Comfort Through COVID

This pandemic has affected me more than I have been willing to admit.  I have to be honest, when I first heard about the outbreak, like most I did not understand the severity of it.  There had been little to no reported cases in the US.   Even with our first reported case I still wasn’t too concerned because it was so far from the east coast.  I figured it wasn’t something a  quarantine couldn’t take care of.

Weeks go by and more and more cases are being reported.  These cases are getting closer and closer to home.  Now we are in the middle of March and an email comes through at work.  It is a message from the CEO and he is imploring that all associates that can, work from home until further notice.  Initially not going to lie I was not sad about that at all.  It would save time and gas with no commute and not to mention this is an introverts dream come true.

Things begin to get more and more serious and the death toll is rising.  Self-preservation kicks in and the only way to bear the stories of grieving families dealing with sudden loss is to push it away.  All the while story after story I’ve read on Facebook or heard through word of mouth is being stored in my subconscious.  Although I was limiting my news intake from television I couldn’t seem to close my social media apps and it was doing a number on my emotions unknowingly.  Thinking back now, days I was a little more snippy with my family than usual, I had probably read about another heart wrenching story of a mother losing a child due to the virus after symptoms seemed to improve.  Or I saw a video clip of a funeral with only  10 people in attendance.  Couldn’t help but imagine how hard it must be to need the love, comfort, and support from family and friends and just can not because of COVID.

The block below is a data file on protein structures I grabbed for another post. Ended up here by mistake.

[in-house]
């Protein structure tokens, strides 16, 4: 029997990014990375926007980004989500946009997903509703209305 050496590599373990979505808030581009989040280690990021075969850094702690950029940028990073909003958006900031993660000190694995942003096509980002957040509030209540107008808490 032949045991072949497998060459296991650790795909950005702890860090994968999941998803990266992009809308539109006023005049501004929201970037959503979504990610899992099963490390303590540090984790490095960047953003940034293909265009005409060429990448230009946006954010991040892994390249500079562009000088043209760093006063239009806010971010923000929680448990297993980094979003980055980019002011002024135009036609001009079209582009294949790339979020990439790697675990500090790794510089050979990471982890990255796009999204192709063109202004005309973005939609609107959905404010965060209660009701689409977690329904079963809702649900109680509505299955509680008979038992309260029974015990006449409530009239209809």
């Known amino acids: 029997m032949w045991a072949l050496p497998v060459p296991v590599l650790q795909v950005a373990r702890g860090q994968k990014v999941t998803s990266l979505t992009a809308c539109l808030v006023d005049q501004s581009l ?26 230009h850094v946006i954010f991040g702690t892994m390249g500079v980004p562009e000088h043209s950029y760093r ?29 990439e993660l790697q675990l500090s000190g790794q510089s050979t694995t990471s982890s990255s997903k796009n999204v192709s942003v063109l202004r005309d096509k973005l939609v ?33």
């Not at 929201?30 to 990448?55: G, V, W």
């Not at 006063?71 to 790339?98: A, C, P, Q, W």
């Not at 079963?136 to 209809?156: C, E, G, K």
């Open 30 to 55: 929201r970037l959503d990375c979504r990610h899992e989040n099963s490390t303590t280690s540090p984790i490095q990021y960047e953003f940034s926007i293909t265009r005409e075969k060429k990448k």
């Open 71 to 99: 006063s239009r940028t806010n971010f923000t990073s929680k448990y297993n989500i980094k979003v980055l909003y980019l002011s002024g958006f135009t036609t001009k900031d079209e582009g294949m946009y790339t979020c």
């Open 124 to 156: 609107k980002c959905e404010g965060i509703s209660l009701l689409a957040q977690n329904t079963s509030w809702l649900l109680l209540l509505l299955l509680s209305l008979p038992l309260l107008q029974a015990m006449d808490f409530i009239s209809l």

The hardest part for me during this pandemic has not been fewer date nights because everything is closed or 24/7 children running around with no relief but bedtime; but watching people die and grieve alone.  For one second, as best I could, I put myself in the shoes of someone taking their last breaths without a loved one near to hold their hand.  I imagined myself standing over the body of someone I loved and turning around to go back to my seat an seeing a sea of empty pews.  To sum it up it has left me heartbroken.  Pushing these emotions and feelings away only work for so long.  Being an empath I’ve always been a person that carried and felt things very deeply. I try to avoid situations that trigger sadness because sadness for me is a little more intense and lingers.  I do not handle death, grief and loss well.  This pandemic is causing me to face this head on.  Thankfully I have not lost anyone close to me during this time; but I would be lying if I said there was not some anxiety as we do not know who may be next.  People are getting the diagnosis and dying 14 days later even with signs of improvement.  Because things are still so uncertain it’s difficult for someone to still their heart when we don’t know what’s next.

It’s okay to be sad and it’s okay to grieve even if you haven’t lost anyone.  Life as we know it has changed.  We don’t know when things will be back to normal and we are all just doing the best we can.  Give yourself permission to feel whatever feelings or emotions may be coming up for you.  Find something you DO have control over, find at least 3 things to be grateful for EVERY DAY (gratitude has changed my life),  and take comfort in knowing you aren’t alone.

There’s a quote that I came across one day that says, “In the end it will be okay.  If it’s not okay it’s not the end.”  Hang in there.

Leave a Reply

Fill in your details below or click an icon to log in: Logo

You are commenting using your account. Log Out /  Change )

Twitter picture

You are commenting using your Twitter account. Log Out /  Change )

Facebook photo

You are commenting using your Facebook account. Log Out /  Change )

Connecting to %s